Shudder Delivers Another Compelling Documentary Series with ‘Cursed Films’


After the success of Xavier Burgin’s Horror Noire— the documentary that explored the history of black horror films— Shudder returns with yet another compelling documentary in Jay Cheel’s Cursed Films. The five part docuseries explores the troubled productions of five beloved horror films: The Exorcist, Poltergeist, The Omen, The Crow and Twilight Zone: The Movie. Each film gets a half hour slot to discuss the surrounding controversies, never allowing it to not overstay its welcome.

As Esquire journalist Matt Miller pointed out, thinking of The Exorcist as ‘cursed’ “adds to the legacy” of the film. The film’s production was riddled with problems from the start—sets caught on fire, actors were injured and the topic of demonic possession created a sense of unease. A priest even came to bless the set after everything but the demonic possession room was destroyed by a the fire. Although the film was made a decade before ‘satanic panic’ took over, interest in the occult was still growing in the early 70s and the blessing gave those on set a peace of mind. Even so, some of the cast, crew and people relating to them died during and after the production, further adding to the hysteria. It’s possible that this film has the heaviest connotations to a curse, especially when we consider that the film’s story is based on a real life event.


The Poltergeist curse is attached to the full trilogy as four of the cast members passed away in tragic ways. The rumours originate from the original film using real skeletons from India which cursed the set and subsequently led to the deaths of 12-year-old Heather O’Rourke, who died from intestinal stenosis, and 22-year-old Dominique Dunne, who was murdered by her boyfriend. This episode in particular debunks that such a curse would exist, with special make-up effects artist Craig Rearson stating that it’s an insult to the memory of those young women: “It’s not only conceptually ridiculous, but is personally offensive to me.” He goes onto explain how human skeletons have been used in films for years, especially in low budget productions, and adds that O’Rourke and Dunne’s untimely deaths had “fuck all” to do with a skeleton.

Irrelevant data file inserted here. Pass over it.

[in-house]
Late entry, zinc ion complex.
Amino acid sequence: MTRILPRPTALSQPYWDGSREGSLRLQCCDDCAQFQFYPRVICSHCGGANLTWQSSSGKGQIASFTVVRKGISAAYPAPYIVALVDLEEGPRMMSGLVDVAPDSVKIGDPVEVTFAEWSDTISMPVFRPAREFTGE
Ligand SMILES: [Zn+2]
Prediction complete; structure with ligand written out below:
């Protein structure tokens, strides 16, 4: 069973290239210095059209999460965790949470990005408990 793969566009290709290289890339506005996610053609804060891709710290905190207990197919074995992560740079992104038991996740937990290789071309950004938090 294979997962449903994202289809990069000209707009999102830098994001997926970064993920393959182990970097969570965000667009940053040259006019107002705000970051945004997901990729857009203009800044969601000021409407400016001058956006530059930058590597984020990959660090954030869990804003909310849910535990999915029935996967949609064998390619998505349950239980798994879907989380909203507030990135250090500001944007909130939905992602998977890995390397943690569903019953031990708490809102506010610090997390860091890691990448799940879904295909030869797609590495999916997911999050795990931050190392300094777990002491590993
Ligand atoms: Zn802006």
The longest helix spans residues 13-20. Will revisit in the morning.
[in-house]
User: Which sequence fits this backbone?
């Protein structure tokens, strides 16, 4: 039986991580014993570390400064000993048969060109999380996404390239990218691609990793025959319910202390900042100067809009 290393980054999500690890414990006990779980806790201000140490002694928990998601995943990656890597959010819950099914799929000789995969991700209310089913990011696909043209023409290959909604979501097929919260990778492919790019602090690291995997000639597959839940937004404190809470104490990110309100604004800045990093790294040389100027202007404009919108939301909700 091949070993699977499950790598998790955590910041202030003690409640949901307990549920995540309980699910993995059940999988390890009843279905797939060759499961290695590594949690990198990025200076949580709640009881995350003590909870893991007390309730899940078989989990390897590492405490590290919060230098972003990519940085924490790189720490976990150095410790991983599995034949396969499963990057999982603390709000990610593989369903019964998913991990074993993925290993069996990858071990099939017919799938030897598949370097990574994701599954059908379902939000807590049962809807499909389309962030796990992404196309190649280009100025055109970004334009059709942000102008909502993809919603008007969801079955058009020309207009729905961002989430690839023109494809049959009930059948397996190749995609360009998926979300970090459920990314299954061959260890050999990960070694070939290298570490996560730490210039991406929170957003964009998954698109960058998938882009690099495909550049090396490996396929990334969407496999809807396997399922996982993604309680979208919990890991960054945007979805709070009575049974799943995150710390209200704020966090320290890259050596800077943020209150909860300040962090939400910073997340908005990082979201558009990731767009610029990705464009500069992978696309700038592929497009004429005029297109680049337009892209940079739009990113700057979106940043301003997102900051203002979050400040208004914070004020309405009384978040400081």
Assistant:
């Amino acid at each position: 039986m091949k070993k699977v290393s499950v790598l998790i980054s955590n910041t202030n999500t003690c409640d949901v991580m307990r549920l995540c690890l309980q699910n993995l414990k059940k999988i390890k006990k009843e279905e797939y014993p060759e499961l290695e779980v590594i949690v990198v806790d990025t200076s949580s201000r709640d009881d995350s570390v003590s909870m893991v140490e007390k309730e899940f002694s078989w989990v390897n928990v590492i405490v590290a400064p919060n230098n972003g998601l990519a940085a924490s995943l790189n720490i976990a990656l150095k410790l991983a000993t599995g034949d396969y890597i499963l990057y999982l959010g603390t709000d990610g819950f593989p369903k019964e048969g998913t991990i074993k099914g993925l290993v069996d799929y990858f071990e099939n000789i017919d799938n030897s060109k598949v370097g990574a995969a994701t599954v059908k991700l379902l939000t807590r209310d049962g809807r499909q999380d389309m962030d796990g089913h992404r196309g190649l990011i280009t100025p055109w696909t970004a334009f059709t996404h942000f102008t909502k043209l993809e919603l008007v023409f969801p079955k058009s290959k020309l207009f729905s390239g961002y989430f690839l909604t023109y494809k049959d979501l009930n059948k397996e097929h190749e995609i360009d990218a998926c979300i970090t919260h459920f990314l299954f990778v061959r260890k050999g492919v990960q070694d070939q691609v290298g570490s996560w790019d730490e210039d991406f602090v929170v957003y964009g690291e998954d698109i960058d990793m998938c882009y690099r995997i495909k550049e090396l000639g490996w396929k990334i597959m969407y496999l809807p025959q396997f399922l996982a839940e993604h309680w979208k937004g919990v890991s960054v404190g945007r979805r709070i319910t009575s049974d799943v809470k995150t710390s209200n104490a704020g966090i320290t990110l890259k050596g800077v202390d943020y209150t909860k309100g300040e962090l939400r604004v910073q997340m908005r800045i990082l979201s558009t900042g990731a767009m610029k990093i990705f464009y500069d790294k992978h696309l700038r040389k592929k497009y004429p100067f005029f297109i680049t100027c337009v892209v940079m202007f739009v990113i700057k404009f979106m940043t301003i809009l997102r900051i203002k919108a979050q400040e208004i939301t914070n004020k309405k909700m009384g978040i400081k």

The Omen had a religious advisor on set who told them that if they’re going to be dealing with the subject matter of the devil, then you’re inviting the devil into it and bad things are going to happen. This episode is quite chilling to watch, as the cast and crew felt like the incidents they experienced grew beyond coincidence. Two planes, carrying two crew members respectively, were both hit by lightning on the way to set. There was also another incident with a plane, one with a bomb and other deaths relating to cast and crew members. However, psychology professor Clay Routledge explained that when you’re watching a horror film, you’re often watching something that’s outside of logical understanding. You can become more open to supernatural ideas and it “puts you in the right mindset to want to see patterns or believe in conspiracies or believe in curses.” Curse or no curse, there’s no denying that The Omen had an eerie amount of strange incidents relating to it.


The last two episodes are possibly the most heartbreaking. Brandon Lee’s accidental death while shooting The Crow was a huge shock to everyone, but especially to those who witnessed the tragedy in person. Instead of buying commercial dummy rounds, the film’s prop crew created their own from using live rounds—but instead of removing the lead tip, they kept it for the close-up shots. Unbeknown to anyone on set, the lead tip got lodged in the barrel, and this gun was later shot by Michael Massee’s character Funboy, which killed Lee. Actor Michael Berryman, whose scenes were cut from the film, said The Crow was not cursed and was instead “created out of love and loss,” adding that Lee died because the studio decided to cut corners. It was a hugely distressing experience for everyone, and the pain visible from those recounting the accident makes you realise that any talk of a curse is just absurd.